How to install LAMP (Linux, Apache, MySQL, PHP) on CentOS 6/7

LAMP stack (Linux, Apache, MySQL, PHP) is a group of open source software that is often reinstalled to allow servers to host websites (Including dynamic web) and web app, including  Linux operating system, along with Apache web server. The data is stored in a MySQL database (using MariaDB), and the dynamic content is handled by PHP.

Install Lamp on CentOS 6 7

In this article, I will show you how to install the Linux, Apache, MySQL, PHP web server including LAMP stack (Linux, Apache, MySQL, PHP)

First, you need to prepare a new CentOS server that has not been installed at all. You can buy VPS at RamNode, Linode ,Vultr.. It’s the best choice. Check that the hostname and file host are correct before starting.

Before starting, you need to prepare: Putty Software and SSH root access to the server.

Step 1: Install Apache

Apache was published in 1995 and it is the most popular and long-lived HTTP server software. The Apache project is run by the open source Apache Software Foundation community, meaning it is free. To install it, you only just run the following command in the terminal:

yum install httpd -y

Now, start the Apache service and activate it at startup:

systemctl start httpd.service
systemctl enable httpd.service

You can test on the spot immediately to verify that the installation was successful by visiting the server’s public IP address in your web browser (see below to see how to get the public IP address):


The default page of CentOS displays:

default apache centos

Step 2 – Install MySQL (MariaDB)

MariaDB is a community-developed service similar to MySQL, the good point is that it’s free. Since it also belongs to the default repositories of CentOS, just run Yum:

yum install mariadb-server mariadb -y

When the process is complete, run MariaDB and activate it on startup:

systemctl start mariadb
systemctl enable mariadb

Install a few more security scripts to remove unsafe components and restrict unauthorized access to the database:


When asked about the password, leave it blank and press Enter. You will then be asked to add a root password. Enter the password and then click  Y, then follow these instructions:

Enter current password for root (just hit Enter and do NOTHING):
OK, successfully used password, moving on...
Setting the root password ensures that nobody can log into the MariaDB
root user without the proper authorization.
New password: passwordRe-enter new password: passwordPassword updated successfully!
Reloading privilege tables..
... Success!

This process removes some of the default users and databases, disables the remote root logins, and reloads so that MySQL accepts the changes. Press ENTER to accept the default settings.

The final step is for MariaDB to start with the server.

sudo systemctl enable mariadb.service

Now the database is ready and you can continue installing PHP.

Step 3 – Install PHP

PHP  engine needs to run PHP code, access database and download data to Apache. Again, you can use Yum to install PHP packages. Run the following command in terminal:

yum install php php-mysql -y

Restart Apache Web Server so that it works with PHP:

systemctl restart httpd.service

Install PHP modules to use their functions.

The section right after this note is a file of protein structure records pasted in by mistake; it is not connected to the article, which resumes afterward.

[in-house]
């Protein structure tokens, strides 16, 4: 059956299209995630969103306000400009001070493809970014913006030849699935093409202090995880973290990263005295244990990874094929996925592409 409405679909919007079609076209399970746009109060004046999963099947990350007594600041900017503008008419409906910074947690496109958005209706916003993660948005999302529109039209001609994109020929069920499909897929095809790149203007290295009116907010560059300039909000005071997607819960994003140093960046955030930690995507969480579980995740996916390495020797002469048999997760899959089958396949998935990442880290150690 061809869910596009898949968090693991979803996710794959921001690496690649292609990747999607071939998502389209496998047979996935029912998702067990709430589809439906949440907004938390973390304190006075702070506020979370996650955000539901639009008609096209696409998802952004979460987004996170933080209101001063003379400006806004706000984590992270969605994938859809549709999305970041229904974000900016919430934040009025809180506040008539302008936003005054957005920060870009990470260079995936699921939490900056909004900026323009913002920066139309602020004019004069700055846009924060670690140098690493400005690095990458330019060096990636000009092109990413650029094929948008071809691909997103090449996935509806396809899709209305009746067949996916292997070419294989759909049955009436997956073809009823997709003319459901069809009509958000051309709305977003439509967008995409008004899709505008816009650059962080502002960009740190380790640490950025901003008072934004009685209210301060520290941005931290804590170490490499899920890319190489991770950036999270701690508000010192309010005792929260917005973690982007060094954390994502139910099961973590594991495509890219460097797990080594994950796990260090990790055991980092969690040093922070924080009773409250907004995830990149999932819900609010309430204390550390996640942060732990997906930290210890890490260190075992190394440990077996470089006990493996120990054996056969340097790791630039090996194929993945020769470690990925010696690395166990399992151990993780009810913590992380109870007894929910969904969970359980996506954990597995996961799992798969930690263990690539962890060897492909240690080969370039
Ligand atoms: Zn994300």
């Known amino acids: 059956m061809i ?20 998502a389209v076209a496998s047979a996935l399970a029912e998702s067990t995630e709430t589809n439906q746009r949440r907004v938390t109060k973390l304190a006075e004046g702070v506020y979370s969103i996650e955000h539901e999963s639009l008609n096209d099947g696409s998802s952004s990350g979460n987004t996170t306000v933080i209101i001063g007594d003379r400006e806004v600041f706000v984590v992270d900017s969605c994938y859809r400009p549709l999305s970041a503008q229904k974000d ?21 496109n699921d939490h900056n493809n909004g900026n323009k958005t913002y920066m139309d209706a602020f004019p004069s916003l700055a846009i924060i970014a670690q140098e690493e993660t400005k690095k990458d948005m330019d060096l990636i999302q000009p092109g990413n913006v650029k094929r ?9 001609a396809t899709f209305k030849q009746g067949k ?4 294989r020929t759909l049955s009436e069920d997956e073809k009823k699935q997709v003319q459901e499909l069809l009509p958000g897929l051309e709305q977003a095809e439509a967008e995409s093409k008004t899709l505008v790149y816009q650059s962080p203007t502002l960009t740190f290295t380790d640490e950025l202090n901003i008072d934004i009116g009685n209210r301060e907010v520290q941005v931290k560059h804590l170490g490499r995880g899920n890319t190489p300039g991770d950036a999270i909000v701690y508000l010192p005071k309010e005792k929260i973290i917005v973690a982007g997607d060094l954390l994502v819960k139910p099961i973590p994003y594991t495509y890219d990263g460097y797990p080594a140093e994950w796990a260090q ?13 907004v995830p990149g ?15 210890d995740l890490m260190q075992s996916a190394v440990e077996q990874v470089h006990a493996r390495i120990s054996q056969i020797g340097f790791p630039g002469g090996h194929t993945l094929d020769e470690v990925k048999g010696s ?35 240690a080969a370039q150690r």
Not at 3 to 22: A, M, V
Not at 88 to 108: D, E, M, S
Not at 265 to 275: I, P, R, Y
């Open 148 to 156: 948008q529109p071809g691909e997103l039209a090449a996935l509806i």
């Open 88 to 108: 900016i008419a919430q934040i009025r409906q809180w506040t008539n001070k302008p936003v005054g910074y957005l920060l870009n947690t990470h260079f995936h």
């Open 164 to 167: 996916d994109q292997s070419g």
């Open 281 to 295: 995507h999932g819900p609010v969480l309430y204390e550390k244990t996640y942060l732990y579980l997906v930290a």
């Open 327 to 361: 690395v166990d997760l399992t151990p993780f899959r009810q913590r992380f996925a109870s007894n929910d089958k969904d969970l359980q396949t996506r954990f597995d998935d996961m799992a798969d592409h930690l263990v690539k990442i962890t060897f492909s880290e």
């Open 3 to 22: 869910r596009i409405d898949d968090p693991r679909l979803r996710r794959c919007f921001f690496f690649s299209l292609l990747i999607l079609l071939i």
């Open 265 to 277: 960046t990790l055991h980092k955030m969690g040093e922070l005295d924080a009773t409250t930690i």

To see which modules and libraries can be installed, use the command:

yum search php-

The above command returns all modules and libraries with a short specification about them:

php-bcmath.x86_64 : A module for PHP applications for using the bcmath library
php-cli.x86_64 : Command-line interface for PHP
php-common.x86_64 : Common files for PHP
php-dba.x86_64 : A database abstraction layer module for PHP applications
php-devel.x86_64 : Files needed for building PHP extensions
php-embedded.x86_64 : PHP library for embedding in applications
php-enchant.x86_64 : Enchant spelling extension for PHP applications
php-fpm.x86_64 : PHP FastCGI Process Manager
php-gd.x86_64 : A module for PHP applications for using the gd graphics library
. . .

To see specific information about a module, type the command:

yum info package_name

There will be many outputs, with the field  Description providing information about the functions that the module supports.

Example with module  php-fpm :

yum info php-fpm


. . .
Summary : PHP FastCGI Process Manager
URL : http://www.php.net/
License : PHP and Zend and BSD
Description : PHP-FPM (FastCGI Process Manager) is an alternative PHP FastCGI
: implementation with some additional features useful for sites of
: any size, especially busier sites.

Use the command  yum install to install the package as usual, for example:

sudo yum install php-fpm

If you want to install multiple packages at the same time, use the command:

sudo yum install package1package2...

with  package1, package2 ... is the package name you want to install.

Step 4 – Check the PHP engine

Create a simple script name  info.php. In order for Apache to find the file and correct it, the script file needs to be saved in a specific directory, called “web root”.

In CentOS 7, this folder is  /var/www/html/. Create the file in that directory with the command:

sudo vi /var/www/html/info.php

Now, go to info.php file with IP, as follows:


You will see the default page with the same version as the header:

php info default page

Here you have successfully installed the LAMP stack on your CentOS 6, 7 servers. You have a basic platform to install most websites and web applications on the server.

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